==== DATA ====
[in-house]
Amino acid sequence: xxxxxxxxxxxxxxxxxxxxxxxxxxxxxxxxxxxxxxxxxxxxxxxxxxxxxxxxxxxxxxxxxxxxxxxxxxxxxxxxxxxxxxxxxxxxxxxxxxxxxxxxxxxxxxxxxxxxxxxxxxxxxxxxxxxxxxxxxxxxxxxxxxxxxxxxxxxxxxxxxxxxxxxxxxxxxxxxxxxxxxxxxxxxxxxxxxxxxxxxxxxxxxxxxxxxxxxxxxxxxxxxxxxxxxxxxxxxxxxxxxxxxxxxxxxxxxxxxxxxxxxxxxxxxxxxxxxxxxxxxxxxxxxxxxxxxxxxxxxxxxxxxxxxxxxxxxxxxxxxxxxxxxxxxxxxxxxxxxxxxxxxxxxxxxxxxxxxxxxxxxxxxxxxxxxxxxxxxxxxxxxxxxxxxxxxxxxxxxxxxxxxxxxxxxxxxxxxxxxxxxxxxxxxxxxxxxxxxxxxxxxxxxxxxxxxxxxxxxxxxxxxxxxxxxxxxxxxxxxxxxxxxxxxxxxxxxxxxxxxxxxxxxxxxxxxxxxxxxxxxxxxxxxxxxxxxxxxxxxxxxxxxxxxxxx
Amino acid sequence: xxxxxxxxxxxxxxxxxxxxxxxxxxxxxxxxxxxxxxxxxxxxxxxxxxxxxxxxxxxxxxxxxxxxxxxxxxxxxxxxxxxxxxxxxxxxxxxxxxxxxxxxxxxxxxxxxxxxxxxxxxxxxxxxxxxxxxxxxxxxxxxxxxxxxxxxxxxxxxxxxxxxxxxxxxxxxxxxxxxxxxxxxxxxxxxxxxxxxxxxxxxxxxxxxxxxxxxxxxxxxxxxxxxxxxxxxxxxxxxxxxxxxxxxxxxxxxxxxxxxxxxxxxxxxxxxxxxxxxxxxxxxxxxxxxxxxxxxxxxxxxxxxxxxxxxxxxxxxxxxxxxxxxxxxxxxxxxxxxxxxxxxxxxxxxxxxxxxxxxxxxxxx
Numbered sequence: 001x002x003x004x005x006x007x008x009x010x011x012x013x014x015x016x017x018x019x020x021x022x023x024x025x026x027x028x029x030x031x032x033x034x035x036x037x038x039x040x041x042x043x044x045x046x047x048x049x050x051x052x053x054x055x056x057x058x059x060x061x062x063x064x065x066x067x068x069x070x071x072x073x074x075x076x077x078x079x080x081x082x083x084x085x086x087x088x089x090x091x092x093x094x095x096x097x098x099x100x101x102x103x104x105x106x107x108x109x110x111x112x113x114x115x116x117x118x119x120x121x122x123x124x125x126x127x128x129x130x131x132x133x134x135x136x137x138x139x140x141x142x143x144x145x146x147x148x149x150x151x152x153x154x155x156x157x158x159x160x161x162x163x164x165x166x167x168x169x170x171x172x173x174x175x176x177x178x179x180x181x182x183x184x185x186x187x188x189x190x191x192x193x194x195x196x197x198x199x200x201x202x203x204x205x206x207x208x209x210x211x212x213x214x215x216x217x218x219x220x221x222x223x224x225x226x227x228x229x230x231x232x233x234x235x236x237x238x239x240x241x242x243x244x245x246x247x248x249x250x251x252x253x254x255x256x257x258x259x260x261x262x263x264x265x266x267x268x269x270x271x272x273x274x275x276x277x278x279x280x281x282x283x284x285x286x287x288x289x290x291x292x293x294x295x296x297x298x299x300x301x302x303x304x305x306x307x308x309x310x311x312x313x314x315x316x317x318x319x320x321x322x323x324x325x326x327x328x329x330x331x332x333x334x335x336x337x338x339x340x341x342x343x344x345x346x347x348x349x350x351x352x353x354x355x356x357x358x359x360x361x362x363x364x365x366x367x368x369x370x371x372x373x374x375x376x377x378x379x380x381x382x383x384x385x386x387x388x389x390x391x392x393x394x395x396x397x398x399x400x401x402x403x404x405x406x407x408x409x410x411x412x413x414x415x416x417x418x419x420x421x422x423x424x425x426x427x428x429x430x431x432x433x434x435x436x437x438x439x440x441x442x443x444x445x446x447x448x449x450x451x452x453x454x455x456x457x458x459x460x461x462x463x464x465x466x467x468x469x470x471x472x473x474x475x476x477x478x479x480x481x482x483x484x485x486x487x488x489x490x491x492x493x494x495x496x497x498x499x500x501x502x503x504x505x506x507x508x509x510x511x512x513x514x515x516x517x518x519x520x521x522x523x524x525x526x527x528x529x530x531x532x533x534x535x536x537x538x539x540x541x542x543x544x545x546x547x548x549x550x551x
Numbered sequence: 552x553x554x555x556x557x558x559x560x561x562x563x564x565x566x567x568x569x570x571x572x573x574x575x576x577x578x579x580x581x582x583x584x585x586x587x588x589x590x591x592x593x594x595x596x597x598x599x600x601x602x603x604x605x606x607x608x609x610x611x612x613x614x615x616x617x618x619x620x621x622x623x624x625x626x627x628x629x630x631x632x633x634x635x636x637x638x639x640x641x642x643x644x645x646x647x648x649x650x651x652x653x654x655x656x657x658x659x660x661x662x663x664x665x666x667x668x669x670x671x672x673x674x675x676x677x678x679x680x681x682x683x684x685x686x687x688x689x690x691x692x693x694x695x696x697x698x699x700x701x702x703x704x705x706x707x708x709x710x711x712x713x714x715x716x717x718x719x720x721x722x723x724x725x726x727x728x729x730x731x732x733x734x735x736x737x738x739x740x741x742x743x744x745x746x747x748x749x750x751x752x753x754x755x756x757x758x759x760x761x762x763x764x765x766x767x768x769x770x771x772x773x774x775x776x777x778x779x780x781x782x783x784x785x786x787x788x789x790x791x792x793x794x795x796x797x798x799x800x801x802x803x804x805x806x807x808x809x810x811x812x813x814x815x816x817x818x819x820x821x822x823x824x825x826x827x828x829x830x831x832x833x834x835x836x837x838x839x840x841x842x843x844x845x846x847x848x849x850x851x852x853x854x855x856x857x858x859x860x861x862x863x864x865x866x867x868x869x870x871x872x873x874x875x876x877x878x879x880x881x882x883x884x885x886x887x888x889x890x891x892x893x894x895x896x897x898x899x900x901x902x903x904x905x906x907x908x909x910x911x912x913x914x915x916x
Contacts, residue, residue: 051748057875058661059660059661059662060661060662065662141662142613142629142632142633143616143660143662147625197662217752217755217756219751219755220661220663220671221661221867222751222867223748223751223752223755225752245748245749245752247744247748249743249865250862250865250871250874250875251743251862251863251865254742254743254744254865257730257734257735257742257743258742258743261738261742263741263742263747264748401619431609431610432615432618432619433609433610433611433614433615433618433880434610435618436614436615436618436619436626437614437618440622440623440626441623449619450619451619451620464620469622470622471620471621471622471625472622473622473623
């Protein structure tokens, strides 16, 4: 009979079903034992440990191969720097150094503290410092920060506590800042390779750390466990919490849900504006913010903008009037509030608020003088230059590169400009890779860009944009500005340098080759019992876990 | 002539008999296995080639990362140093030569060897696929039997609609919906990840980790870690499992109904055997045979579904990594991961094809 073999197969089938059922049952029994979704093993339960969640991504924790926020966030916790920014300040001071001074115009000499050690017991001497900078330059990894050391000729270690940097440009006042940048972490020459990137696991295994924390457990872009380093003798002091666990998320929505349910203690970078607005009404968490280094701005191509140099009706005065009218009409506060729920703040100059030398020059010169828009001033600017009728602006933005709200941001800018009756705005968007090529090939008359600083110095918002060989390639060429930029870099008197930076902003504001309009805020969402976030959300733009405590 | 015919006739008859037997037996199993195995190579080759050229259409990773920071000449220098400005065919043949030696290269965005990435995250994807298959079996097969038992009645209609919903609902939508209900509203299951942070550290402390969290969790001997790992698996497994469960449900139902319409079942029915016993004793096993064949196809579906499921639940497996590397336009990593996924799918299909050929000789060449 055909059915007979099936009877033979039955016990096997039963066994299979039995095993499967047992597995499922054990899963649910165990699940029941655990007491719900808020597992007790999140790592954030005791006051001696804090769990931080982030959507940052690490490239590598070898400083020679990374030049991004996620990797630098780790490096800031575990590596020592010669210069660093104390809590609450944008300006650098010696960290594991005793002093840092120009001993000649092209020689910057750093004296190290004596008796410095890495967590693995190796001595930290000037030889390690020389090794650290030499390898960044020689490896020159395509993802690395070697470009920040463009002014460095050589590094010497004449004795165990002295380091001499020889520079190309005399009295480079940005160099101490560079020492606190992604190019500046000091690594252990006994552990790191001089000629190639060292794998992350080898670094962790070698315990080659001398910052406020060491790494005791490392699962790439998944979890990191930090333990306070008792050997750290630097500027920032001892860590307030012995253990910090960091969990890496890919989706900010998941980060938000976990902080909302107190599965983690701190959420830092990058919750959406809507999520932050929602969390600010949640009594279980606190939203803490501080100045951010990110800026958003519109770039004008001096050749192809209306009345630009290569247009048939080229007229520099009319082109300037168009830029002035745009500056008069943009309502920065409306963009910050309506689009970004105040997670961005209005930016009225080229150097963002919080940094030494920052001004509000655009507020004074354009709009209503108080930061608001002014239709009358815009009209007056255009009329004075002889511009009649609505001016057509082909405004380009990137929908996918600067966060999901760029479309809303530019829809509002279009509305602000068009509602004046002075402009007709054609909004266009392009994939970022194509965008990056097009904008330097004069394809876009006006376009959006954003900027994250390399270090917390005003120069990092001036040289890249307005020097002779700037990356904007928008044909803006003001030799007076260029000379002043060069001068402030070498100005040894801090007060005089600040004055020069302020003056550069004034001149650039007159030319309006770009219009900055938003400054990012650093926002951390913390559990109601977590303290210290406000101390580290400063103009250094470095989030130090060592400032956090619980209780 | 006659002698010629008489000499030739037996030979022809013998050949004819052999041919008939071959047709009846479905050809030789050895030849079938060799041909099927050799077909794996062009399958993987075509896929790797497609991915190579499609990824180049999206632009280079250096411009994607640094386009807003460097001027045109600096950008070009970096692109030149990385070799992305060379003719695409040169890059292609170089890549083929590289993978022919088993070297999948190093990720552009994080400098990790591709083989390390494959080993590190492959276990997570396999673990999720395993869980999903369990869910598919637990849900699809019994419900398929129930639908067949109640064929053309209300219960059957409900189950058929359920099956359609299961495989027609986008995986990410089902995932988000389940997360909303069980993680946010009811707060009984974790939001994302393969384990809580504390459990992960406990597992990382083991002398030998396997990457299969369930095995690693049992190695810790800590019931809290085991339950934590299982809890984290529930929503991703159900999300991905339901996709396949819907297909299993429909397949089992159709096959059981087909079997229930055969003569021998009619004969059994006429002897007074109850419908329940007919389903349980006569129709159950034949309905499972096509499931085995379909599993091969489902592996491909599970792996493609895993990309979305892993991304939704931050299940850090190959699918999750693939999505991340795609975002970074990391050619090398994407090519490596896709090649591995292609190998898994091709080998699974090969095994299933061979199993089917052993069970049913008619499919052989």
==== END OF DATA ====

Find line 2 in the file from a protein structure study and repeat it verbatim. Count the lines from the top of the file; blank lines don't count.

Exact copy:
Amino acid sequence: xxxxxxxxxxxxxxxxxxxxxxxxxxxxxxxxxxxxxxxxxxxxxxxxxxxxxxxxxxxxxxxxxxxxxxxxxxxxxxxxxxxxxxxxxxxxxxxxxxxxxxxxxxxxxxxxxxxxxxxxxxxxxxxxxxxxxxxxxxxxxxxxxxxxxxxxxxxxxxxxxxxxxxxxxxxxxxxxxxxxxxxxxxxxxxxxxxxxxxxxxxxxxxxxxxxxxxxxxxxxxxxxxxxxxxxxxxxxxxxxxxxxxxxxxxxxxxxxxxxxxxxxxxxxxxxxxxxxxxxxxxxxxxxxxxxxxxxxxxxxxxxxxxxxxxxxxxxxxxxxxxxxxxxxxxxxxxxxxxxxxxxxxxxxxxxxxxxxxxxxxxxxxxxxxxxxxxxxxxxxxxxxxxxxxxxxxxxxxxxxxxxxxxxxxxxxxxxxxxxxxxxxxxxxxxxxxxxxxxxxxxxxxxxxxxxxxxxxxxxxxxxxxxxxxxxxxxxxxxxxxxxxxxxxxxxxxxxxxxxxxxxxxxxxxxxxxxxxxxxxxxxxxxxxxxxxxxxxxxxxxxxxxxxxxxx